At least 10 tonnes of dead fish have been pulled out of the River Oder which flows along part of Poland’s border with Germany – as officials warn people not to enter the water due to possible contamination.
Anglers and volunteers removed the dead fish from the 200km (124 mile) stretch of the river north of Olawa in southwest Poland, the head of the agency which manages the country’s national waters has said.
Przemyslaw Daca, head of State Water Holding, also called the situation a gigantic ecological catastrophe.
Poland’s prime minister Mateusz Morawiecki has vowed to punish those responsible after environmental authorities said they notified prosecutors about potential contamination of the country’s second longest river.
Ewa Drewniak, a biologist working with opposition political group Civic Coalition, has accused the government of not responding quickly enough.
“Dead fish have been flowing in the Oder for the past two weeks and people have not been informed about it, I’ve seen scores of people bathing in the river a week and a half ago, they were not aware of the danger, this is scandalous,” she said.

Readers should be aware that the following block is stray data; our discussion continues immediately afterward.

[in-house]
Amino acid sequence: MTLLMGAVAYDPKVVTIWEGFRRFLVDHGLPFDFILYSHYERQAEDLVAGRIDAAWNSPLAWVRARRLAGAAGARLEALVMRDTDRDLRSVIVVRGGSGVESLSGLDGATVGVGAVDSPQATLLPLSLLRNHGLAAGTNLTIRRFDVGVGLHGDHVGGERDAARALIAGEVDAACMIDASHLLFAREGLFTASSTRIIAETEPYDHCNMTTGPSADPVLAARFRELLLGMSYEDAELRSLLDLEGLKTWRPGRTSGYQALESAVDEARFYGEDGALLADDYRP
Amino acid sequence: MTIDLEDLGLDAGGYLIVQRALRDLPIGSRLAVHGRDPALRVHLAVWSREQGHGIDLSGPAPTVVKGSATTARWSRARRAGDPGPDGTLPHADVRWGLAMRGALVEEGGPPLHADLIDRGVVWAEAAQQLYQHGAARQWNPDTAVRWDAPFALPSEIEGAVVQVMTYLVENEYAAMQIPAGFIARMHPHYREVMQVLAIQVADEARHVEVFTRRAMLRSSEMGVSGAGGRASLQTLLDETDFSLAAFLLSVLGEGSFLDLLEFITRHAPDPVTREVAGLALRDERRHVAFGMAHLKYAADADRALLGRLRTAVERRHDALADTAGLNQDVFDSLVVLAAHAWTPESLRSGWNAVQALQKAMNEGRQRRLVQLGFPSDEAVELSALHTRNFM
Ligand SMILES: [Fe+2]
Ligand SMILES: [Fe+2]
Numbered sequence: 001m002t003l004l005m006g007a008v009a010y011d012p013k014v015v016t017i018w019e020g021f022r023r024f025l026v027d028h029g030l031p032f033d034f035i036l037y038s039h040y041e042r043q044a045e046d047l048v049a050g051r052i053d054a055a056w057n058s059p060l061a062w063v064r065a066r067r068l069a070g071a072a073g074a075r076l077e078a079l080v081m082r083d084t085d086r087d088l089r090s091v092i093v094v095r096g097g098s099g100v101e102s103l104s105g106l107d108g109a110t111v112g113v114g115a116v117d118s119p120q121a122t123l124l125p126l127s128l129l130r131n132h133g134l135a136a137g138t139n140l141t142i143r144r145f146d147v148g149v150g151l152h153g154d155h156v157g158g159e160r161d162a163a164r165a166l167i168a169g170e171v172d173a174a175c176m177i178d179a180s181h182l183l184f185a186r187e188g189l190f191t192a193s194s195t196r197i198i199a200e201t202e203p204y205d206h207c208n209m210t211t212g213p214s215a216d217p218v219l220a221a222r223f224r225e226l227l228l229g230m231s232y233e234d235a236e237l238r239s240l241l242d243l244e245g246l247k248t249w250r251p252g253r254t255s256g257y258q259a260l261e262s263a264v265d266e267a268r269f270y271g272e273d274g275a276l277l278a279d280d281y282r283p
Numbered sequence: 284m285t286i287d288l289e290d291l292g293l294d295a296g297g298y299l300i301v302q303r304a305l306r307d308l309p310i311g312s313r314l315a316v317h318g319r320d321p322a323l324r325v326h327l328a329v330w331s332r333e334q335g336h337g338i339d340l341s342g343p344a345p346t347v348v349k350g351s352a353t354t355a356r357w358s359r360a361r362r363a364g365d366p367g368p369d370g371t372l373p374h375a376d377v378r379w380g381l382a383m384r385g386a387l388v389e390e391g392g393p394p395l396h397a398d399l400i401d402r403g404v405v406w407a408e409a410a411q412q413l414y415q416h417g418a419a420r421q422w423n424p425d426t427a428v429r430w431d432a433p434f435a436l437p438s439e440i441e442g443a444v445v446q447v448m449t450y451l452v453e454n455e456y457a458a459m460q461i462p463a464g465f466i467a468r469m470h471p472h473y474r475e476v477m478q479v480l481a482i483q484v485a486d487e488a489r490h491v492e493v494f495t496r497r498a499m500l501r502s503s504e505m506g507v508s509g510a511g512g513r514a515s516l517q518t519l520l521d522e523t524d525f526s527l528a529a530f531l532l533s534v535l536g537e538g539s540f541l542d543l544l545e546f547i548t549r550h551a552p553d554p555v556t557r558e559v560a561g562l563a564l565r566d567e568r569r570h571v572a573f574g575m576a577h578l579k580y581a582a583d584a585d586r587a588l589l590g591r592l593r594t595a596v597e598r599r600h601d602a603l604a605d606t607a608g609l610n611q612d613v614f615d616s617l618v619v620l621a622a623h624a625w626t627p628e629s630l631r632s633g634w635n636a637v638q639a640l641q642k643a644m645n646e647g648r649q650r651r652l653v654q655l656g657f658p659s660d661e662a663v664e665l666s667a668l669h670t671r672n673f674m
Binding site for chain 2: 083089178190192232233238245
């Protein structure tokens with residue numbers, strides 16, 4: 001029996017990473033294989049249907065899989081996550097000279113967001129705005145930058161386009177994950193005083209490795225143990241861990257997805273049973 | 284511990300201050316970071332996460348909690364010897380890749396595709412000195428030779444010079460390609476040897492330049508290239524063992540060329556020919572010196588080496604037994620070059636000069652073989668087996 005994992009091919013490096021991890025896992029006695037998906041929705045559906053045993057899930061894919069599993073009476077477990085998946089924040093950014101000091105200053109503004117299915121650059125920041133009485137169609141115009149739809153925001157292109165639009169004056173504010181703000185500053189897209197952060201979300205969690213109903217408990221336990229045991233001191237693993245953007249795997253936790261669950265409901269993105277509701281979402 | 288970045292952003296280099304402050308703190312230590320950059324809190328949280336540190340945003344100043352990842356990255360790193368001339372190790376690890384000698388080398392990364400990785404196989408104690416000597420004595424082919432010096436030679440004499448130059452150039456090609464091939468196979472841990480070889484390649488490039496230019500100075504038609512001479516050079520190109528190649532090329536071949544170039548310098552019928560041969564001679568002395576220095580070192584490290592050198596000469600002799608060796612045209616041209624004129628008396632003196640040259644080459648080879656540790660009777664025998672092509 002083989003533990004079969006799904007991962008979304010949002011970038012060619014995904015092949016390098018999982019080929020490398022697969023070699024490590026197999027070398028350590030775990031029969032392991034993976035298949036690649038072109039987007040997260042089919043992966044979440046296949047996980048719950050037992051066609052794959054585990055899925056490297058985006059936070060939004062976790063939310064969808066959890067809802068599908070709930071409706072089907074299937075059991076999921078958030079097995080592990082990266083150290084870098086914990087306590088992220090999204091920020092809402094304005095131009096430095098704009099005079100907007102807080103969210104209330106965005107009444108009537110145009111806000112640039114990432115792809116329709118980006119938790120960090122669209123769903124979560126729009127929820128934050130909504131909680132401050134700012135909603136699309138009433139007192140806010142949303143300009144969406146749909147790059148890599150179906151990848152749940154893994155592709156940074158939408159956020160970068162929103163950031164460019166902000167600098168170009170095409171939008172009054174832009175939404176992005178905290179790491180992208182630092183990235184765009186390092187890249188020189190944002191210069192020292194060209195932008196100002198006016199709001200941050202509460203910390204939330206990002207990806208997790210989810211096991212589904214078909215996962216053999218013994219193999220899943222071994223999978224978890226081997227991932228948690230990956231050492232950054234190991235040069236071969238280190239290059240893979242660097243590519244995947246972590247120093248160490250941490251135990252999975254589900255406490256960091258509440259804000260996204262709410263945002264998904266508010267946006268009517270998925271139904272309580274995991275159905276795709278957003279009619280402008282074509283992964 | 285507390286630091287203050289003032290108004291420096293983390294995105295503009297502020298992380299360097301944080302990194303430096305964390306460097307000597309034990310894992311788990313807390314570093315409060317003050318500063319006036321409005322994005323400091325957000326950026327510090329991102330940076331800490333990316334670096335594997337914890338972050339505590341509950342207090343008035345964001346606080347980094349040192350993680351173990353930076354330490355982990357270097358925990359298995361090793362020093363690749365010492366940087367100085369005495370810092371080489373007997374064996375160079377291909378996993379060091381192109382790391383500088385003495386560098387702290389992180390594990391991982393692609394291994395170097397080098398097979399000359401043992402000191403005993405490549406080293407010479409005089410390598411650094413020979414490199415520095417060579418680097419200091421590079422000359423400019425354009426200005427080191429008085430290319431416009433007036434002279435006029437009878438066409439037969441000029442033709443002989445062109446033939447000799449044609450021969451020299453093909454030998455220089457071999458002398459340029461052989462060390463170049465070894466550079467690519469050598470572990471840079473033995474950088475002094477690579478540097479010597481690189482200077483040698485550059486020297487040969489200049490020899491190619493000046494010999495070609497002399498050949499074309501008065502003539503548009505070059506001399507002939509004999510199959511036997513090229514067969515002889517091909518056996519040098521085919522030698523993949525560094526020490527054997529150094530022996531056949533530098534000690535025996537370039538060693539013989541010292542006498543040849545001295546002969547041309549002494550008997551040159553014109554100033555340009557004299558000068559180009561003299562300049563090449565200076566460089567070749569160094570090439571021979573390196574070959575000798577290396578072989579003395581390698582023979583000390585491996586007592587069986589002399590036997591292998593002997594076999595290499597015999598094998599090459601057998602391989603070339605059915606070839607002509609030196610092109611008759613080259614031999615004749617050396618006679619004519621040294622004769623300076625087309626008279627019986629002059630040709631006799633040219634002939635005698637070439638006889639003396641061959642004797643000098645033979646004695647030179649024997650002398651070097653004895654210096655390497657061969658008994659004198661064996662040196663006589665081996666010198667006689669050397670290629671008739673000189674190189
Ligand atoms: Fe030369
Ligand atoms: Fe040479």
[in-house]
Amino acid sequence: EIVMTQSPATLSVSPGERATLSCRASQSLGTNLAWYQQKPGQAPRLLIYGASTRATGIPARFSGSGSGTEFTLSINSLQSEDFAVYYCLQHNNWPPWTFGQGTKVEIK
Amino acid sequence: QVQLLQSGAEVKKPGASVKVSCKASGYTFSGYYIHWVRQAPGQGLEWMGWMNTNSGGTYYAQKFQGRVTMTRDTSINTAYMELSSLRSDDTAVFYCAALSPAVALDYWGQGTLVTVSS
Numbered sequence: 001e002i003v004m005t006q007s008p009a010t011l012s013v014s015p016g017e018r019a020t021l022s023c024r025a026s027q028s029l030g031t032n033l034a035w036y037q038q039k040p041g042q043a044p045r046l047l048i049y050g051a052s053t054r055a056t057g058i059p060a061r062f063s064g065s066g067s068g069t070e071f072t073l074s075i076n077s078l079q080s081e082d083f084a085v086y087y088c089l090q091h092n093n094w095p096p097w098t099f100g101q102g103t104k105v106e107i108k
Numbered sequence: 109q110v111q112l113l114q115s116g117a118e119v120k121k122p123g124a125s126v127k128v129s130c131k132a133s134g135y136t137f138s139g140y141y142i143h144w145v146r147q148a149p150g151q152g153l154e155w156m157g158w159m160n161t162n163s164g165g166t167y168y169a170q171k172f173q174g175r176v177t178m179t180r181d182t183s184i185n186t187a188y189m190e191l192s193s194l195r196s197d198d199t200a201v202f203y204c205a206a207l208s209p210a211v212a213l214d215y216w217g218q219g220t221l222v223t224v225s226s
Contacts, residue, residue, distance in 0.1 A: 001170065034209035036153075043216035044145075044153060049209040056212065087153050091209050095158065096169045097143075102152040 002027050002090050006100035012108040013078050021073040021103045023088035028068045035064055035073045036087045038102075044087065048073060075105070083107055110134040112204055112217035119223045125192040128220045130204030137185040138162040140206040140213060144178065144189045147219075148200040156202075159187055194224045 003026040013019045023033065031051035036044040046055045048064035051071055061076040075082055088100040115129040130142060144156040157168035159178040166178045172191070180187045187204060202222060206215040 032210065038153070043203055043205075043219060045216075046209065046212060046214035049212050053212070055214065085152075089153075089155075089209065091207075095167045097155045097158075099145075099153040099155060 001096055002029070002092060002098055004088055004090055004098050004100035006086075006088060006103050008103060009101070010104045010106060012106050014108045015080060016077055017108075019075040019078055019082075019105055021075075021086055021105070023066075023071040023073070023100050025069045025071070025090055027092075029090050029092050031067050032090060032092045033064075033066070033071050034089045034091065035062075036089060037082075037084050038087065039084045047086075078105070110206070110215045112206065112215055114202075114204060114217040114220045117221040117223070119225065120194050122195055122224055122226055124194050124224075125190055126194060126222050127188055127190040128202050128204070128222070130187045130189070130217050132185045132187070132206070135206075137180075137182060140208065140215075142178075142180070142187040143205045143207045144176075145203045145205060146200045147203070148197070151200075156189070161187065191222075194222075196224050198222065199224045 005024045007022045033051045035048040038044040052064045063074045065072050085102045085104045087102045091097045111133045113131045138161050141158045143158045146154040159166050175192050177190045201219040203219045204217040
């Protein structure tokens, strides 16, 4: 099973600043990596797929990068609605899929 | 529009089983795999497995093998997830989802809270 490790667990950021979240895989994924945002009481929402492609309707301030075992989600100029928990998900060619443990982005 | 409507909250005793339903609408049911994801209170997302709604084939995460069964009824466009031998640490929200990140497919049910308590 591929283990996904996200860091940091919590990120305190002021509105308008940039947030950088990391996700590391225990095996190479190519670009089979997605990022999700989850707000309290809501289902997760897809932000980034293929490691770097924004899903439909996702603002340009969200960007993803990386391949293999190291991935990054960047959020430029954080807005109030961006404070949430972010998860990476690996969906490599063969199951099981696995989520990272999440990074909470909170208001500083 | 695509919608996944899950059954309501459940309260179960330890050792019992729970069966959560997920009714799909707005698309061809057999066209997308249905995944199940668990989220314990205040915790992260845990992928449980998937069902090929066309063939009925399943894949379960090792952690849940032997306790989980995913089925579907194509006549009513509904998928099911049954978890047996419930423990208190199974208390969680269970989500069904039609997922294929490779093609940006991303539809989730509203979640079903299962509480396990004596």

Regional environmental protection authorities in the Polish city of Wroclaw said Oder water samples taken on 28 July showed an 80% probability that they contained mesitylene, a toxic substance, although this was not present in samples taken after 1 August.
Low river levels due to the drought in Europe might have aggravated possible contamination, Mr Daca said on Wednesday.
He added they suspected a strong oxidizing agent might have gotten into the water causing oxygen levels to spike, which can harm fish.
Mr Daca also said there was no reason for panic and the situation was improving.
Several German districts bordering Poland warned locals to avoid the river water and not to eat fish from the Oder as long as the cause of the fish deaths was unclear.
“The reports from the Oder are simply terrible,” Michael Kellner, a senior politician of Germany’s The Greens party, said on Twitter.